Ruk Sorn Rode (Love’s Hidden Flavor)
Posted on June 20, 2011
The nice thing about watching a lakorn is going where the actors and actresses take you. Based on their acting abilities, you forget any offenses that they have done outside of the tv screen. Such is the reality for me when I watch Pinky. At this point, I can aptly say that I don’t care what she has done or what type of a person she is (because rumors are rumors.) In the end, she is one amazing actress. Pinky is natural, photogenic and so easy to watch. Combined with Stephan’s tall good looks, Ruk Sorn Rode is an easily loved production.
As I scan the internet for a cast list, I am surprised by the synopsis found on AsianFuse Wiki. If one searched for Pinky Savika and selected Ruk Sorn Rode, one will be presented with a long synopsis of the lakorn. I don’t find that to be surprising. What I found however, confused and floored me. For one, let’s not presume to think that a synopsis is a play by play description of the lakorn. For another, I began to wonder if we were watching the same lakorn. I even scratched my head in confusion. The “synopsis” found on AsianFuse is entirely different then what actually played out in the lakorn. How odd. However for the sake of self preservation, I’m not going to describe the differences. If you’ve seen Ruk Sorn Rode, you would know how it played out. What I will discuss in this post is a short synopsis coming from yours truly, then proceed with my thoughts on the storyline, acting and cast chemistry.
Fahsai (Pinky Savika) grew up in a family of five, which consisted of her father, paternal grandmother, younger sister and younger brother. Her life was easygoing and no one had any inkling of her father’s financial woes. Fahsai’s true goal and desire is to be a Thai chef. Since she was a child, she grew up around the aromatic spices and has a keen nose and talent for recognizing them. However, her dream came to a screeching halt when she discovered her father’s suicide and learned that poverty was knocking at her door. Her youth and dreams (in her opinion) ended abruptly and the audience watch (with fascination) at her attempt to support her family and grow up at the same time. It is easy to shake your head at her naivete, ignorance and even errors in decision making, but one should also remember that she is only a 17 year old girl trying to put the pieces of her life back together.
Tum (Stephan Wisaboonchai) studied abroad for the majority of his life and was sent back to Thailand to handle the family restaurant chain. It appears that he does not have a dream or any personal goals to work towards so he takes on this new task wholeheartedly. Another task fell on his lap (literally) that required his utmost attention. It turns out that a girl in his childhood, whom he cherishes and dotes on have grown up all wrong in his opinion. He was disappointed that she would take advantage of her father, scratch his car and cause uproar and trouble wherever she went. Not to mention that she dropped out of school. He took her failures personally and decided that it was his duty to fix her or change her into a responsible adult. So when the opportunity presented itself, that she owed him money, he made her work in his restaurant to pay off the debt. At this point, Fahsai is still in the dark about Tum actually being the older brother “pi” that she has worship and loved in the past. All she knows is that he is one bossy, overbearing and condescending boss.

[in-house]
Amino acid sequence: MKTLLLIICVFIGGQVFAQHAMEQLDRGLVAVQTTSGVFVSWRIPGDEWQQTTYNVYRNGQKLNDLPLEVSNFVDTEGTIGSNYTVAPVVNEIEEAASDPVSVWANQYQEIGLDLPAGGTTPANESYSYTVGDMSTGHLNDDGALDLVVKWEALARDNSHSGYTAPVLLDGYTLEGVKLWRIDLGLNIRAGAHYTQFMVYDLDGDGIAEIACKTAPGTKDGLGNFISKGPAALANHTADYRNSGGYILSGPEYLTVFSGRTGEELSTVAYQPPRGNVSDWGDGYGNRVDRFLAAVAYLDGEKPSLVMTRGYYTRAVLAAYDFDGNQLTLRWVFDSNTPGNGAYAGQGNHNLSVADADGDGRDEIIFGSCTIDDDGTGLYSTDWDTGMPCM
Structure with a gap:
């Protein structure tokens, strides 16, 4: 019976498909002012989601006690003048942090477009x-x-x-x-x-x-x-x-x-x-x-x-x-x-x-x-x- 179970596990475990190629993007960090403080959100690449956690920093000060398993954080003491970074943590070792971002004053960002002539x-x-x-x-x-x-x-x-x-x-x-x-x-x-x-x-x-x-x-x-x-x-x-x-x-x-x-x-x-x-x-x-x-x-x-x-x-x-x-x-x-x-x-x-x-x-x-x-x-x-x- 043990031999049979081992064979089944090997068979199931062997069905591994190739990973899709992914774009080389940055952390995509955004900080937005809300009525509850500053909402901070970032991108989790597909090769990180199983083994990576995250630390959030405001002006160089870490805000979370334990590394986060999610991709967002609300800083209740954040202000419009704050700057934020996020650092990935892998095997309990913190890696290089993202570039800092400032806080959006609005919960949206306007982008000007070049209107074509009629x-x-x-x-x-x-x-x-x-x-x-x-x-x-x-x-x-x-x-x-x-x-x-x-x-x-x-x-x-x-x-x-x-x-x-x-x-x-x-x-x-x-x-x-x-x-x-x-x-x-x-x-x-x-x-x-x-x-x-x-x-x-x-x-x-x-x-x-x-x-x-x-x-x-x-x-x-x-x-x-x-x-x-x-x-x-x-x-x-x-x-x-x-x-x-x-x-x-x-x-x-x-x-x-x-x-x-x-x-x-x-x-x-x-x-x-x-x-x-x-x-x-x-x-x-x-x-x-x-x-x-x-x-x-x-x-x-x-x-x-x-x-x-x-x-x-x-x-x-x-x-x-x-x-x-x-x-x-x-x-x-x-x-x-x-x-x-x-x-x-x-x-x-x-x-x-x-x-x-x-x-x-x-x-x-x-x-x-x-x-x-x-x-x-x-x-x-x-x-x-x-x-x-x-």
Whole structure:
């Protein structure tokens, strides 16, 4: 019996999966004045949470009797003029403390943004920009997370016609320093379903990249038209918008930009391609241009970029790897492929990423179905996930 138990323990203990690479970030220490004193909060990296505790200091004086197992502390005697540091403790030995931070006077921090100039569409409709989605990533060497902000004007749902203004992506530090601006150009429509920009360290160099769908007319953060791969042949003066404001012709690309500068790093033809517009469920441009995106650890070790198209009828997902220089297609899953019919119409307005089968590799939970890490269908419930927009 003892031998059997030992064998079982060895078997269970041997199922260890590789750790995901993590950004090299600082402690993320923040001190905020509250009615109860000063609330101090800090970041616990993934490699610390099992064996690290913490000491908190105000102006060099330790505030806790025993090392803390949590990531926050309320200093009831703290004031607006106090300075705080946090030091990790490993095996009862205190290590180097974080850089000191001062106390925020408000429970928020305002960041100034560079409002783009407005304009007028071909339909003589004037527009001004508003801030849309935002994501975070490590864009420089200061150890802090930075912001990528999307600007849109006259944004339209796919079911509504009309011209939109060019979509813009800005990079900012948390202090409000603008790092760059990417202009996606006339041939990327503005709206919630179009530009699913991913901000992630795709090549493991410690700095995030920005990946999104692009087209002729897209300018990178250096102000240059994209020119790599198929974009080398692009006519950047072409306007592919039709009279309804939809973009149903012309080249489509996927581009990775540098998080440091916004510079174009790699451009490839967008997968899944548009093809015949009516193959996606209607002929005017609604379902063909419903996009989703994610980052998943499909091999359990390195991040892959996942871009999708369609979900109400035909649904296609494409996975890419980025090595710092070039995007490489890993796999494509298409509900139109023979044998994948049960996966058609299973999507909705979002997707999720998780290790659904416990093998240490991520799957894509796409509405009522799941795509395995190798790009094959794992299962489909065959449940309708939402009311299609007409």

Both characters are presented with challenges in their lives that they must overcome to finally find their happy ending. It is a joy to watch when Fahsai discovered that Tum is the little boy she played with when they were younger. It is also wonderful to watch their feelings develop throughout the lakorn and see that each were not what they have expected or originally thought. My problem however with this lakorn is the unreasonable and unjustifiable hatred from the evil person- Payak. He is the sole reason (again and again) of the conflicts and challenges that occurred in this lakorn. It’s unrealistic and utterly ridiculous to believe that one person can create that much damage.
So what is the value of the lakorn? Moral of the story? Premise? First of all, it is easy to get caught up in the melodrama and get lost of the true message that is being relayed. Hell, I was confused at the turn of events. However, what I did take away from this lakorn, is that sometimes if you get too focused on your goal or be too tunnel vision, you miss out on the important things around you. Fahsai realized in the end that what truly made her happy is to cook for her family (they had four kids in the end!) I also found that fate is a funny thing and that the world is small, probably not the exact message that the writer, producer or director wanted to project. But if they wanted to be clear, they can stop being ridiculous with some of the conflicts and challenges. Like for instance- can Payak really screw every darn woman in sight then have the ability to control them to do his every whim? Really? For one, he is seriously not attractive at the very least (sorry Glom Noppon, I really don’t like you.) And secondly, I am disinclined to believe that even the strongest of characters (Chad’s aunt who runs the family business) can be destroyed and overtaken by Payak. Clearly I am frustrated and irritated at some of the lakorn plots. There is truly a reason why I wanted to write by own lakorn in the past! ‘Nough said!
All in all, Ruk Sorn Rode, when removed of the improbable and dare I say it, bullshit, is really a rather fun lakorn to watch. I suppose if it illicits such strong reaction from me, it is rather good. I will say that Pinky and Stephan are adorable together and that I hope Fahsai and Tum (and their four children) continue to live happily ever after.
(Romantic drama lakorn from Channel 7, 15 Episodes, Aired on Feb. 2010)
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